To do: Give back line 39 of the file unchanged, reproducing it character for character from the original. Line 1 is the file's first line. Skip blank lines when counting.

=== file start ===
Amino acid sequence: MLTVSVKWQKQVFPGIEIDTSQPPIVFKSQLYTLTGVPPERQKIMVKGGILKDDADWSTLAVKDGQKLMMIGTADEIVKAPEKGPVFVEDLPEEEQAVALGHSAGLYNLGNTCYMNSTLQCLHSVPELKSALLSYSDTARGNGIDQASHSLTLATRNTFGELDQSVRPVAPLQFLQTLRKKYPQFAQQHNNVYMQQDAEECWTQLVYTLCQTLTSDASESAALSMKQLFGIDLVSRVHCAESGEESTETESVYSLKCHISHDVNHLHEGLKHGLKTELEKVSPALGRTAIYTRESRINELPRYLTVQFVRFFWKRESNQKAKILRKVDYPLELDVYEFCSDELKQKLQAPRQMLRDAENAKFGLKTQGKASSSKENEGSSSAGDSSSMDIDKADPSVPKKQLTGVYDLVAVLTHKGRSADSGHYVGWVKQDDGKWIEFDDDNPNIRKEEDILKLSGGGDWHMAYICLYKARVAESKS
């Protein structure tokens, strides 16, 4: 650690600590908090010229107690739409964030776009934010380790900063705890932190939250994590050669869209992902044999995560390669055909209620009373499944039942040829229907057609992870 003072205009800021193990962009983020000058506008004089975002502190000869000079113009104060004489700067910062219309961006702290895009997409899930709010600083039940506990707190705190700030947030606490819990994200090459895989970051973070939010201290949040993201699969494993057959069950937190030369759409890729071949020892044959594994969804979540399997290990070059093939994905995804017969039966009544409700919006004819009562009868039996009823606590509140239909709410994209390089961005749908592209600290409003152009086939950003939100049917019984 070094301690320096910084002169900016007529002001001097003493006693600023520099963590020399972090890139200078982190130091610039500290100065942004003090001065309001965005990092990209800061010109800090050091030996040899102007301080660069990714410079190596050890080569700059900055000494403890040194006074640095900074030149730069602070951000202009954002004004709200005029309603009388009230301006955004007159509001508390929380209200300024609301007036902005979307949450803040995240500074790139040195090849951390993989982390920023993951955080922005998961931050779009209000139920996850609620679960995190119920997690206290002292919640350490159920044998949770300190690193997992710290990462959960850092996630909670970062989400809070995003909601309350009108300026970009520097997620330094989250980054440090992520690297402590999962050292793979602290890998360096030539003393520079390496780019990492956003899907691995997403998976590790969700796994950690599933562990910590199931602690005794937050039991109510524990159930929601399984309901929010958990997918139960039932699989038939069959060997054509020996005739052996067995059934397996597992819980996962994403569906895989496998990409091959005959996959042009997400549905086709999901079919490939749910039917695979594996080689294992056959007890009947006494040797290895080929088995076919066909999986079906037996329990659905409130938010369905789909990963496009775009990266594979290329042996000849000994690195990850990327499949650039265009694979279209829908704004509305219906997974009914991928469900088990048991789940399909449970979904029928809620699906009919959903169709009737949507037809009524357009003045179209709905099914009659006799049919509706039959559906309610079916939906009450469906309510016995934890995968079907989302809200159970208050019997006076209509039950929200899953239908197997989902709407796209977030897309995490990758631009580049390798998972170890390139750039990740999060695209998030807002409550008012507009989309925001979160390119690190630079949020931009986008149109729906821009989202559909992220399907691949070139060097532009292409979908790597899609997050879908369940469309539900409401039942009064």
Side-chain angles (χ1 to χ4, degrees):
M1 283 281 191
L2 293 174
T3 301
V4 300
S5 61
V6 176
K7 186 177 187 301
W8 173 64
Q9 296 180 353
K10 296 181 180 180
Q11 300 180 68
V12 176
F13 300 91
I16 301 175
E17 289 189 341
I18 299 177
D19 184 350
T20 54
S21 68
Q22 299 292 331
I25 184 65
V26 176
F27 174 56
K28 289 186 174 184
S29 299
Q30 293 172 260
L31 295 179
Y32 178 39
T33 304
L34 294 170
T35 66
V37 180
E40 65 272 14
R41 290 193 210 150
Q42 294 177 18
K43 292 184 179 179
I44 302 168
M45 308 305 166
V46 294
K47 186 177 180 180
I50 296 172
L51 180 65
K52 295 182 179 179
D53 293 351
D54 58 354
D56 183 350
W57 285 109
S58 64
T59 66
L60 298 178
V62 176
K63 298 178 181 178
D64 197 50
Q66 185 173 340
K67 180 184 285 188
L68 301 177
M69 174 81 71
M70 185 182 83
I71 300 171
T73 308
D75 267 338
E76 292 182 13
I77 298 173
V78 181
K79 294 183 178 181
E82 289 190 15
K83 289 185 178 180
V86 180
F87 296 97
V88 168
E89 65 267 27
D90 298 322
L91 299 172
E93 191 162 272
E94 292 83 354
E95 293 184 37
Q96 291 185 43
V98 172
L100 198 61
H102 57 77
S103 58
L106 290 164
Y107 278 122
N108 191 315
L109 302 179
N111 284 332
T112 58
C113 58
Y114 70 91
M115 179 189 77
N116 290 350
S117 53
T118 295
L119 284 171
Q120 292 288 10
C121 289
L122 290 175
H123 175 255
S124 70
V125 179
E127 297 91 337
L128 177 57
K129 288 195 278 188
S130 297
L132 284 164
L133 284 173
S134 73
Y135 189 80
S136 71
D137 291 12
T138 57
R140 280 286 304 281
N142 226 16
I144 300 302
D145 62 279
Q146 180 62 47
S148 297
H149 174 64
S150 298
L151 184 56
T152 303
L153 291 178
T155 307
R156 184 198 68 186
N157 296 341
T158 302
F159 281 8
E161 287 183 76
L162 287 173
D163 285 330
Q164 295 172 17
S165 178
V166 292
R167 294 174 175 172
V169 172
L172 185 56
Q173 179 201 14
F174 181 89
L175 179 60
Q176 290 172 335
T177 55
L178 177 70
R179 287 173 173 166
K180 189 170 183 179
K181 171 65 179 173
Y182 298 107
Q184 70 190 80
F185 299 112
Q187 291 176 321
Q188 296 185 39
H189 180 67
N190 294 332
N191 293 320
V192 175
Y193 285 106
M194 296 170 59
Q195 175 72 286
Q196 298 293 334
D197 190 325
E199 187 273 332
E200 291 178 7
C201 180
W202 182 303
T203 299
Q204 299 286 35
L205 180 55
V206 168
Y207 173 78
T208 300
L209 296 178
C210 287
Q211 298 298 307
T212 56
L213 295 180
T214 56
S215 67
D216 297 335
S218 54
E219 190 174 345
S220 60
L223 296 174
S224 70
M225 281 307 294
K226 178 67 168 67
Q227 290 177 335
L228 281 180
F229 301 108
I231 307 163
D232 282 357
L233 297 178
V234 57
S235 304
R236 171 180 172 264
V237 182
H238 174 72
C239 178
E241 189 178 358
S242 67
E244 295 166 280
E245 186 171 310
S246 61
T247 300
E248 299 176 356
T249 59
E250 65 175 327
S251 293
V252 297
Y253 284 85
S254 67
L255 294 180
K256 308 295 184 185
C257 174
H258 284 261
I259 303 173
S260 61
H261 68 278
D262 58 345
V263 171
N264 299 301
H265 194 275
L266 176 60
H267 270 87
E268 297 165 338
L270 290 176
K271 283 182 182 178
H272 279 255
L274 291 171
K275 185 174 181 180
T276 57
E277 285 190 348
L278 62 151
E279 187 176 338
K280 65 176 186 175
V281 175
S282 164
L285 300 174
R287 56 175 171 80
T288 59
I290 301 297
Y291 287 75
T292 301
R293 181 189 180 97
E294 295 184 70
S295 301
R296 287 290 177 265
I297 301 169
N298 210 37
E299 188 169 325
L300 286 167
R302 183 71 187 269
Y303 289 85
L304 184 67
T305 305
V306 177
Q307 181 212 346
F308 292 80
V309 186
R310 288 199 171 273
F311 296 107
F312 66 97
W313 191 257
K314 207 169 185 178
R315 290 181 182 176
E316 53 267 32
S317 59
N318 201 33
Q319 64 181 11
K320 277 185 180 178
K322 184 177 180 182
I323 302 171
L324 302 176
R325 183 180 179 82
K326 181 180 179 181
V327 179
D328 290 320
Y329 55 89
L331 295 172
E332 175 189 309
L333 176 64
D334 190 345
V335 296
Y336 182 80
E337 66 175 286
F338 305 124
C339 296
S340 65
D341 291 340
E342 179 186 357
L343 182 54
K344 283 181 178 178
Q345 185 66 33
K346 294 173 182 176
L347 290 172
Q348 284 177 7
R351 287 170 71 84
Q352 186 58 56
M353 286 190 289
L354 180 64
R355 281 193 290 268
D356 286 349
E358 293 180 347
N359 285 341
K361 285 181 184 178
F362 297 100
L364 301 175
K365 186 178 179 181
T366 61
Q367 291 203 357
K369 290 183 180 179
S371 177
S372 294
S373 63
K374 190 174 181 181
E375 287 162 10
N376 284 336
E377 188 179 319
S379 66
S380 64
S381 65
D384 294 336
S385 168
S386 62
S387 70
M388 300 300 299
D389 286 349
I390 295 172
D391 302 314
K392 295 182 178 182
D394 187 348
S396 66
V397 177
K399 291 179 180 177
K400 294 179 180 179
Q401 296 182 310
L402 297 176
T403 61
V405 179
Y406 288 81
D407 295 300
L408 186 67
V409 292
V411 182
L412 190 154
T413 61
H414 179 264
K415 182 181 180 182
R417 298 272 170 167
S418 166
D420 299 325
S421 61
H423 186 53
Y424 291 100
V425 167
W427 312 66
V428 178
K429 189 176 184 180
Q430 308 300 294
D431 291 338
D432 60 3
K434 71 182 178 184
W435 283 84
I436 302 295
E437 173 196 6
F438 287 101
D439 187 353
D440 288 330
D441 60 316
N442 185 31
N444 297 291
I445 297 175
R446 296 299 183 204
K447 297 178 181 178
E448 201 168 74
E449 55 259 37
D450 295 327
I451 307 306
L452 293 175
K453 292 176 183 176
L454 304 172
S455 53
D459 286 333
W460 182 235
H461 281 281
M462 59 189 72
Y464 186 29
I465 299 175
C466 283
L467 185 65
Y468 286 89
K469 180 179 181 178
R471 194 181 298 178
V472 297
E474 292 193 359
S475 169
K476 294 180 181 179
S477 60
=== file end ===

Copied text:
K43 292 184 179 179